Lifestyle, Arts & Culture

Less Show, More Tell – the Representation Problem in Media


“The world is ready for a gay superhero.” Well, hallelujah! Launch all the rainbows! Finally, the LGBT+ community can have its very own Chris to deliver beatdowns, make quips, and be as emotionally ambiguous as any of the straight counterparts. Hooray for progress, amiright?

Put down the poppers and sober up for a second. It should be viciously clear why Marvel Studios made the proclamation on the heels of two of its most diverse films to date – the female- led Captain Marvel and the revolutionary Black Panther. The multibillion-dollar-earning Marvel Cinematic Universe (MCU) has inexplicably become the standard-bearer for equality and representation and tackling sexuality is the obvious next step after gender and race in the social justice trifecta. It is certainly not a targeted marketing ploy designed to curry social media favour, the kind of shallow gimmickry that has recently become all the rage.

Back when Avengers: Endgame was released, the world was told that it featured the MCU’s first openly gay character. No one noticed because it was a blink-and-miss moment when an unnamed rando recounts his date with another guy in a group therapy session. The scene is fine on its own, but Marvel Studios furiously patting themselves on the back ultimately turned it into a weak feint at inclusion. It became the same bait and switch as declaring Dumbledore gay or touting LeFou’s song-and-dance about Gaston in Beauty and the Beast as an “exclusively gay moment” (the former unnamed rando at least had more depth).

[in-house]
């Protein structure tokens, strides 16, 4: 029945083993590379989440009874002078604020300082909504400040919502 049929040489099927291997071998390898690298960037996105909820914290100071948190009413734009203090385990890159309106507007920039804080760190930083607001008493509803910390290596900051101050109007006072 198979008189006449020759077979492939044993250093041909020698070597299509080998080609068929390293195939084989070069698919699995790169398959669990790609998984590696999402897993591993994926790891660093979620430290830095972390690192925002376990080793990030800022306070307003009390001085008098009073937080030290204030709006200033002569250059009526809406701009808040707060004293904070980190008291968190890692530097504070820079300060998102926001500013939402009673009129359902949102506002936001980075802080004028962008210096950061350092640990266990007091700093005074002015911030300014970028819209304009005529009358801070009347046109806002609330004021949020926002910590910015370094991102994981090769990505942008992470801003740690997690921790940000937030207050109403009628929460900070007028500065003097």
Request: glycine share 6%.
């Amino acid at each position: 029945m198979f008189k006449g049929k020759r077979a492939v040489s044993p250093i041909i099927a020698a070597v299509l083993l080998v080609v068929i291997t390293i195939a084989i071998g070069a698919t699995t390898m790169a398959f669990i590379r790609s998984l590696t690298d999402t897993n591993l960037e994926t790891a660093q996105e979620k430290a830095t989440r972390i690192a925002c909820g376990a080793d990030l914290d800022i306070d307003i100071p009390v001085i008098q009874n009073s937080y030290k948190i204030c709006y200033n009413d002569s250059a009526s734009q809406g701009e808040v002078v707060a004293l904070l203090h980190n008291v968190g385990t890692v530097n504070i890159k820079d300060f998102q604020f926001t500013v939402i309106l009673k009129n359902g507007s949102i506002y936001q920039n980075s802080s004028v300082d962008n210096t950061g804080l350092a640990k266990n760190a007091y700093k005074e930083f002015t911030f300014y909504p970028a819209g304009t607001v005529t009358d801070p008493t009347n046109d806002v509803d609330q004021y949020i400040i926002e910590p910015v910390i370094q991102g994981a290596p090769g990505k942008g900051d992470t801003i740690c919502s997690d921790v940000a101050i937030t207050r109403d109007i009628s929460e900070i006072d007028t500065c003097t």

The world has always been “ready” for gay superheroes. They have existed in mainstream comics and TV for some time now – there were even several gay weddings on panel back when same-sex marriage started getting legalised. Marvel Studios is simply ready to cash in on it now, and there is nothing wrong with that – it is the raison d’être of monolithic corporate entities after all. But constantly ballyhooing the diversity agenda is tiresome, as tiresome as assembling all the female heroes for a cringe-tastic girl power moment in Endgame, or being subjected to a misguided actress’s self-righteous haranguing.

In all honesty, the superhero genre is probably not the best place to showcase a gay narrative. Then again, there is no denying the immense clout a Marvel Studios blockbuster can bring to LGBT+ representation – once they overcome misanthropic mums, religious intolerance, and some audience’s incessant urge to shout about how gay the movie is. Now, that is the real marvel.